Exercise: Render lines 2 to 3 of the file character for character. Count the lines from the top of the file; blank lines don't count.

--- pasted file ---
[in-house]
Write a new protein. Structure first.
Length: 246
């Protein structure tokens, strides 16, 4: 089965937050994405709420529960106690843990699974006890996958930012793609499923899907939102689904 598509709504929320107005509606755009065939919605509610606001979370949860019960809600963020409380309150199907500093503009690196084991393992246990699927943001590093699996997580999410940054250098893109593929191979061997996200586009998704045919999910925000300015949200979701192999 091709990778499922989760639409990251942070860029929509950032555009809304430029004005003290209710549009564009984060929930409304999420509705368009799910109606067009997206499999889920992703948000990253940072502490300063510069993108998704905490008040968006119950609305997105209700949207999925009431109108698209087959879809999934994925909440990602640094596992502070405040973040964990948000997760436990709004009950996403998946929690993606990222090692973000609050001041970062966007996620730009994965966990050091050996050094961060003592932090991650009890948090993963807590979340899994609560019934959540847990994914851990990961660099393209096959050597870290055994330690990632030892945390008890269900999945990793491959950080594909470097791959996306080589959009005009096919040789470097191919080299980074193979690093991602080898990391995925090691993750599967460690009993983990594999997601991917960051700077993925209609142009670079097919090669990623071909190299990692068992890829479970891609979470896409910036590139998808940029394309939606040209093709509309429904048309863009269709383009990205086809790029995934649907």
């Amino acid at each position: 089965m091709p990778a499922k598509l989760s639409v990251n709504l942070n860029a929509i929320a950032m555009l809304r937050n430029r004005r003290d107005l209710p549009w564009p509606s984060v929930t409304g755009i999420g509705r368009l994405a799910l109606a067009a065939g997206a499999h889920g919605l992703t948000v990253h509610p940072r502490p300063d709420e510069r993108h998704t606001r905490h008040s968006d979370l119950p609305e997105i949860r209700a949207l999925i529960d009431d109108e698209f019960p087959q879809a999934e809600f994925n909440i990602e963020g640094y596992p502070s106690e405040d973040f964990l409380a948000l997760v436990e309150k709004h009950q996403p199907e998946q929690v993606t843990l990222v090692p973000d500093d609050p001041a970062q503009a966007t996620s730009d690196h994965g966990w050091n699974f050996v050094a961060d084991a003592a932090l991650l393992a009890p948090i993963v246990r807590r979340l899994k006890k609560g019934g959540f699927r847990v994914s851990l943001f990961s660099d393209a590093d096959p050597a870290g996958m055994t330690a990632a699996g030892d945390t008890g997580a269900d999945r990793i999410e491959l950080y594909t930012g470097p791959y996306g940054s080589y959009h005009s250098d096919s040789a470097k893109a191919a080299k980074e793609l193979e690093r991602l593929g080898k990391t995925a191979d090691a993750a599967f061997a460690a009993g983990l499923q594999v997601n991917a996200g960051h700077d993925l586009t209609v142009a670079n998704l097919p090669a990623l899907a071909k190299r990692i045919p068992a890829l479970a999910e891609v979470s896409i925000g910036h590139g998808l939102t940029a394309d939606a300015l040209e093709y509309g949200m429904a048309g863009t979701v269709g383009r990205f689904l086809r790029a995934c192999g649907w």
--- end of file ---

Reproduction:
Write a new protein. Structure first.
Length: 246